Disclaimer: All characters taken from Space Above & Beyond belong to Fox Network, that show's writers and producers.
The book Shane is by Jack Schaefer no copyright infringement intended.

The Early Years


Phyllis Christie

In-Vitro Facility Anchorage, Alaska July 1, 2036

 The light in the room flashed on, waking the six month fetus in the large tank filled with warm gestational fluid.  The unborn boy moved easily in the wet world of his existence, kicking and flaying  his arms, no differently than a child in the womb.   But unlike his counter part in the natural born world, the effects of added growth hormones were already beginning to show on this in-vitro child.  In another month the boy would be the size of an 18 month old.

  He blinked his large blue eyes at the two men that stopped beside his tank to take preliminary readings.  He could hear the sounds of their voices through the water and plastic, they reminded him of the noises produced by the subliminal training that had begun the week before.

 "This one looks promising," the taller of the men commented to his companion.  "Make a note of it, Charlie, number 2025, gene pool 13C kappa 9757."

 "Yes, Sir," the young man followed the older one down the rows of gestation tubes.  When they were through, he breathed a sigh of relief,  only three to be deleted today, he thought.  It looked like he would be home in time for dinner, after all.

In-Vitro Facility, Anchorage, Alaska July 1, 2042

 Charlie moved up and down the rows of tanks he was monitoring.  This was the first batch of artificially gestated humans that he had worked on from conception.  He had joined Aerotech straight out of graduate school, eight years ago.  He was proud of the job he had done.  Of the 200 in-vitros that had started their gestation two years after his arrival, 100 hundred remained.  It looked as if Aerotech was finally getting the bugs out of the system.  A fifty percent survival rate was much higher than the normal twenty percent.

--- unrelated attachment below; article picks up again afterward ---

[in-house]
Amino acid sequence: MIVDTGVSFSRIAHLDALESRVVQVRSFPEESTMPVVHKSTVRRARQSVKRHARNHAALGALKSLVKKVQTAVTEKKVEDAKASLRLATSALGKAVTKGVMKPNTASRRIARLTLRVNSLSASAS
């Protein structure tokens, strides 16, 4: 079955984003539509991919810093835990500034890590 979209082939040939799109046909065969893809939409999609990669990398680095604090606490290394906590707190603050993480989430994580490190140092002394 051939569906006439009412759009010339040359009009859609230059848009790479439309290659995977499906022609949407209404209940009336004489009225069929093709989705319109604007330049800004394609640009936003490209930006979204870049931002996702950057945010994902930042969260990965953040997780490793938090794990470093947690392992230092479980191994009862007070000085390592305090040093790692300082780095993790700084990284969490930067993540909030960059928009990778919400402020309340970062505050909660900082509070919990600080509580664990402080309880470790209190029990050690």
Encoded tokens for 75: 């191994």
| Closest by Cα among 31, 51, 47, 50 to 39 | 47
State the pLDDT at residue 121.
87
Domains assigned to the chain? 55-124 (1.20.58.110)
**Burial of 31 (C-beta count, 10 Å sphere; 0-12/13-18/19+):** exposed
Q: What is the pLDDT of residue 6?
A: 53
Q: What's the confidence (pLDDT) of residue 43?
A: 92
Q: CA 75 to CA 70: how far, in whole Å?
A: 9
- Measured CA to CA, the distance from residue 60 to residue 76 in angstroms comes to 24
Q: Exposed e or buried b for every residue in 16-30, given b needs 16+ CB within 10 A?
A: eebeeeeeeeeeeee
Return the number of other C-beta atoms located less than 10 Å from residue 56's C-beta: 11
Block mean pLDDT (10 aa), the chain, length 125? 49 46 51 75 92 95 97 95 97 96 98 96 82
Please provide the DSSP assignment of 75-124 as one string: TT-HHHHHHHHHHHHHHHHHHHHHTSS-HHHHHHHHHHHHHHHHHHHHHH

The baby that had been number 2025, gene pool 13C Kappa 9757, was now a fully grown man.  Unknown to Charlie or any of the other workers at the Anchorage Facility, they were being watched.  Watched by one of their charges.

 The blond haired, blued eyed in-vitro took note of the man as he moved out of his field of vision.  The bright lights had awakened him and he liked the feeling of his limbs moving gently through the water.  His mind was moving much faster than his arms or legs.

 He couldn't remember when he began thinking in words.  At first there had only been the messages that stimulated his brain from the subliminal teaching device attached to his neck navel.  Eventually those became words.  He didn't know when his mind had moved from listening to the words that the Monitors were sending him to understanding them.  But the words had been his key to his understanding.   With them his world of water and sound had expanded.  Now, even if the teaching devices were turned off,  words would float through his consciousness.